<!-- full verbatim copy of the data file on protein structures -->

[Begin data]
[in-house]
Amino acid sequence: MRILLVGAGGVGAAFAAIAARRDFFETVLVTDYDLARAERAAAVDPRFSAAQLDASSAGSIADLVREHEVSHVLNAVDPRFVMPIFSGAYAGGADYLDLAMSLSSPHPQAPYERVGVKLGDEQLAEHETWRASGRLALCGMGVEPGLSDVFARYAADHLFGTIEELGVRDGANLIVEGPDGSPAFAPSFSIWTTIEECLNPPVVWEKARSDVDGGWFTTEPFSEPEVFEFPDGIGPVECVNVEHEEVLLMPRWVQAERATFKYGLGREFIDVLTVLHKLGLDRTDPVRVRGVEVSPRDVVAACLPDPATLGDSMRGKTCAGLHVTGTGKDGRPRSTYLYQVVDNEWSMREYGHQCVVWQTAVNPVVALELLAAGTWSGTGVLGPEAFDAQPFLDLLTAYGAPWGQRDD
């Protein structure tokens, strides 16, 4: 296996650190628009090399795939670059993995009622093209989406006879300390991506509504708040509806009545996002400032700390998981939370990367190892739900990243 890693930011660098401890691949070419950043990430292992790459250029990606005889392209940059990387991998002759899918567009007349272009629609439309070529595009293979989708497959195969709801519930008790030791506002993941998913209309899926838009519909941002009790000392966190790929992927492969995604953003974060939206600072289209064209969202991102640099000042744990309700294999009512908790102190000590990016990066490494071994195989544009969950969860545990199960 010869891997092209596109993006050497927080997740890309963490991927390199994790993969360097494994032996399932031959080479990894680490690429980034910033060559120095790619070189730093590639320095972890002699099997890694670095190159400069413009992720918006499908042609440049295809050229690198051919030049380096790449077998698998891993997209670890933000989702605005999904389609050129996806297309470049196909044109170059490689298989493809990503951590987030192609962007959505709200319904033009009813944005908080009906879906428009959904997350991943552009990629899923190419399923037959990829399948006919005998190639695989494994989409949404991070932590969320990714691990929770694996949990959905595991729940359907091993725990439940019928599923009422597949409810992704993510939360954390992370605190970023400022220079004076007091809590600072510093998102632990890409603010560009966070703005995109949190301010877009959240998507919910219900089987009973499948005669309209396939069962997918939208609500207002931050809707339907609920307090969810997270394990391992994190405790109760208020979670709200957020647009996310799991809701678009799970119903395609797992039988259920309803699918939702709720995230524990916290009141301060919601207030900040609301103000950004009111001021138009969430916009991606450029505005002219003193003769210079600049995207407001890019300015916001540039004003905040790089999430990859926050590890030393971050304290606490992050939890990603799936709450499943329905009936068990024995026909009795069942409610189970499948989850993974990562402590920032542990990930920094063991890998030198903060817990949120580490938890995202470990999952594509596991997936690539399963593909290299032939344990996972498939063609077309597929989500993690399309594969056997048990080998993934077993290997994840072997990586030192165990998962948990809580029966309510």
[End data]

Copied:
[in-house]
Amino acid sequence: MRILLVGAGGVGAAFAAIAARRDFFETVLVTDYDLARAERAAAVDPRFSAAQLDASSAGSIADLVREHEVSHVLNAVDPRFVMPIFSGAYAGGADYLDLAMSLSSPHPQAPYERVGVKLGDEQLAEHETWRASGRLALCGMGVEPGLSDVFARYAADHLFGTIEELGVRDGANLIVEGPDGSPAFAPSFSIWTTIEECLNPPVVWEKARSDVDGGWFTTEPFSEPEVFEFPDGIGPVECVNVEHEEVLLMPRWVQAERATFKYGLGREFIDVLTVLHKLGLDRTDPVRVRGVEVSPRDVVAACLPDPATLGDSMRGKTCAGLHVTGTGKDGRPRSTYLYQVVDNEWSMREYGHQCVVWQTAVNPVVALELLAAGTWSGTGVLGPEAFDAQPFLDLLTAYGAPWGQRDD
């Protein structure tokens, strides 16, 4: 296996650190628009090399795939670059993995009622093209989406006879300390991506509504708040509806009545996002400032700390998981939370990367190892739900990243 890693930011660098401890691949070419950043990430292992790459250029990606005889392209940059990387991998002759899918567009007349272009629609439309070529595009293979989708497959195969709801519930008790030791506002993941998913209309899926838009519909941002009790000392966190790929992927492969995604953003974060939206600072289209064209969202991102640099000042744990309700294999009512908790102190000590990016990066490494071994195989544009969950969860545990199960 010869891997092209596109993006050497927080997740890309963490991927390199994790993969360097494994032996399932031959080479990894680490690429980034910033060559120095790619070189730093590639320095972890002699099997890694670095190159400069413009992720918006499908042609440049295809050229690198051919030049380096790449077998698998891993997209670890933000989702605005999904389609050129996806297309470049196909044109170059490689298989493809990503951590987030192609962007959505709200319904033009009813944005908080009906879906428009959904997350991943552009990629899923190419399923037959990829399948006919005998190639695989494994989409949404991070932590969320990714691990929770694996949990959905595991729940359907091993725990439940019928599923009422597949409810992704993510939360954390992370605190970023400022220079004076007091809590600072510093998102632990890409603010560009966070703005995109949190301010877009959240998507919910219900089987009973499948005669309209396939069962997918939208609500207002931050809707339907609920307090969810997270394990391992994190405790109760208020979670709200957020647009996310799991809701678009799970119903395609797992039988259920309803699918939702709720995230524990916290009141301060919601207030900040609301103000950004009111001021138009969430916009991606450029505005002219003193003769210079600049995207407001890019300015916001540039004003905040790089999430990859926050590890030393971050304290606490992050939890990603799936709450499943329905009936068990024995026909009795069942409610189970499948989850993974990562402590920032542990990930920094063991890998030198903060817990949120580490938890995202470990999952594509596991997936690539399963593909290299032939344990996972498939063609077309597929989500993690399309594969056997048990080998993934077993290997994840072997990586030192165990998962948990809580029966309510």